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How menopause changes the brain and 3 things women should know to protect against dementia

Across the US, roughly 6 million adults 65 and over have Alzheimer’s disease. Almost two thirds of them are women – a discrepancy that researchers have long attributed to genetics and women’s longer life spans, among other reasons. But there is growing consensus that menopause may also be an important risk factor for the development of dementia later in life.

Women going through the life phase, which is clinically defined as the end of fertility, face as many changes in the brain as in the ovaries, said Dr Lisa Mosconi, a neuroscientist and director of the Women’s Brain Initiative at Weill Cornell Medicine. While the vast majority of women will weather these changes without long-term health consequences, about 20 per cent will develop dementia in the decades that follow.

The female brain is rich in oestrogen receptors, particularly in regions that control memory, mood, sleep and body temperature, all of which “work beautifully when oestrogen is high and consistent,” Dr Mosconi said. Oestrogen is also vital for the brain’s ability to defend itself against ageing and damage.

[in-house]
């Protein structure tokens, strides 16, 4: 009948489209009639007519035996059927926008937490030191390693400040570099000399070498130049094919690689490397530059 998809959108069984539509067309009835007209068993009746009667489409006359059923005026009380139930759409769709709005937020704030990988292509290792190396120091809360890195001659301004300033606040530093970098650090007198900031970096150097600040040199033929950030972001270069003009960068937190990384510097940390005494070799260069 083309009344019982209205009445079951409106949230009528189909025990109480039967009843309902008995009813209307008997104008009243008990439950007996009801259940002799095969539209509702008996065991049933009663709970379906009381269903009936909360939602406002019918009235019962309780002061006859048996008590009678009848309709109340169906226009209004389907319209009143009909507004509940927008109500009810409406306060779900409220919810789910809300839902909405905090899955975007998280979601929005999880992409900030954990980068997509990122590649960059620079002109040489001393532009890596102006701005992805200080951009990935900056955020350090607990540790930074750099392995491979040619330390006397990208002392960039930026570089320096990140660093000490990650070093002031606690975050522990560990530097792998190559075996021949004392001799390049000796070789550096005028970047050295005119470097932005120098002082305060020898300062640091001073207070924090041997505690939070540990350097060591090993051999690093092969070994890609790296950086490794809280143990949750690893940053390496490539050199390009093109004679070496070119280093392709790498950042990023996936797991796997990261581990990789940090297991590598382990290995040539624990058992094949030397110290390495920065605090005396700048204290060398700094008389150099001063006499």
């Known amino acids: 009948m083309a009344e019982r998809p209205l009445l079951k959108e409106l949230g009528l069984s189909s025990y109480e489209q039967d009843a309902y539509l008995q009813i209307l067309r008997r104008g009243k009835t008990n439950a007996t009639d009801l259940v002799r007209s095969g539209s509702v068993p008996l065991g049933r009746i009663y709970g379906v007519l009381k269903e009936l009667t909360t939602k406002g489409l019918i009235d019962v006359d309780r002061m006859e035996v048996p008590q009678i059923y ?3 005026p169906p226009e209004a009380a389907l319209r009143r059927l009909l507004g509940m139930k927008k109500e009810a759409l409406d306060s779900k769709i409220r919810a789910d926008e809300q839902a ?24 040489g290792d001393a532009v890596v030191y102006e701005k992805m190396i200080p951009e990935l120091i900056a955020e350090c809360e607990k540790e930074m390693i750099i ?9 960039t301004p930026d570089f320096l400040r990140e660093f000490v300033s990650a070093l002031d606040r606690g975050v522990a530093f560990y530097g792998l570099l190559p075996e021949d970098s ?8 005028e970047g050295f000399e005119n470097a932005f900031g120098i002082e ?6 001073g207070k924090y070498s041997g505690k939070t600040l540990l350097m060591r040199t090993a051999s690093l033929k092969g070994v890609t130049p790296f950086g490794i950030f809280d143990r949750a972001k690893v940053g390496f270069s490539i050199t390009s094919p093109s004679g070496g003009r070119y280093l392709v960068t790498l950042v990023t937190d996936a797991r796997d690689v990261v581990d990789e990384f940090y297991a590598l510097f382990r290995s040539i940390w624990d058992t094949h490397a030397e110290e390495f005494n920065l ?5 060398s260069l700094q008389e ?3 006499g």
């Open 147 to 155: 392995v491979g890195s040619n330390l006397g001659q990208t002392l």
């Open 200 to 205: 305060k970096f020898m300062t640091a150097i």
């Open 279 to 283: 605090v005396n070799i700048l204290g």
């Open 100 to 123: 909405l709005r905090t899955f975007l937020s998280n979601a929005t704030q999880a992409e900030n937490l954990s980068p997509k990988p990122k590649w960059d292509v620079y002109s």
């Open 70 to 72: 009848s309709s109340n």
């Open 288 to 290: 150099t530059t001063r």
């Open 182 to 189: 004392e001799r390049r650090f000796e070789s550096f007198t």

The characteristic decline in oestrogen during menopause not only alters the functioning in some brain regions, she said, it is also thought to change the brain’s structure; scans show reduced volume in menopausal brains compared to male brains of the same age and to those of pre-menopausal women.

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These neurological changes may be responsible for some menopausal symptoms, including hot flashes, mood disruption and a mild, usually temporary decline in memory and cognition.

They also resemble changes in the brain that precede dementia, Dr Mosconi said. “Some of the brain regions that are impacted by menopause are also some of the regions impacted by Alzheimer’s disease,” she said, but the link between the two is not fully understood.

The symptoms of menopause themselves, such as lack of sleep and hot flashes, have been linked to dementia too.

A study published in 2022 found that hot flashes were associated with an increased amount of tiny lesions in the brain, which are a sign of declining brain health, said Dr Pauline Maki, a professor of psychiatry and director of the Women’s Mental Health Research Program at the University of Illinois at Chicago and co-author of the study.

A more recent study determined that hot flashes during sleep were associated with an increase in blood-based Alzheimer’s biomarkers that serve as early indicators of the disease.

While this research sounds alarming, most women’s brains and cognitive function stabilise after the menopause transition, Dr Maki said.

“Consider how many women go through menopause – every woman, right? And 80 per cent of them will not get dementia,” she said. “We can’t catastrophise this universal transition.”

Beyond that, there are things you can do to bolster your health and cognition in the face of declining estrogen.

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THREE STEPS TO PROTECT YOUR BRAIN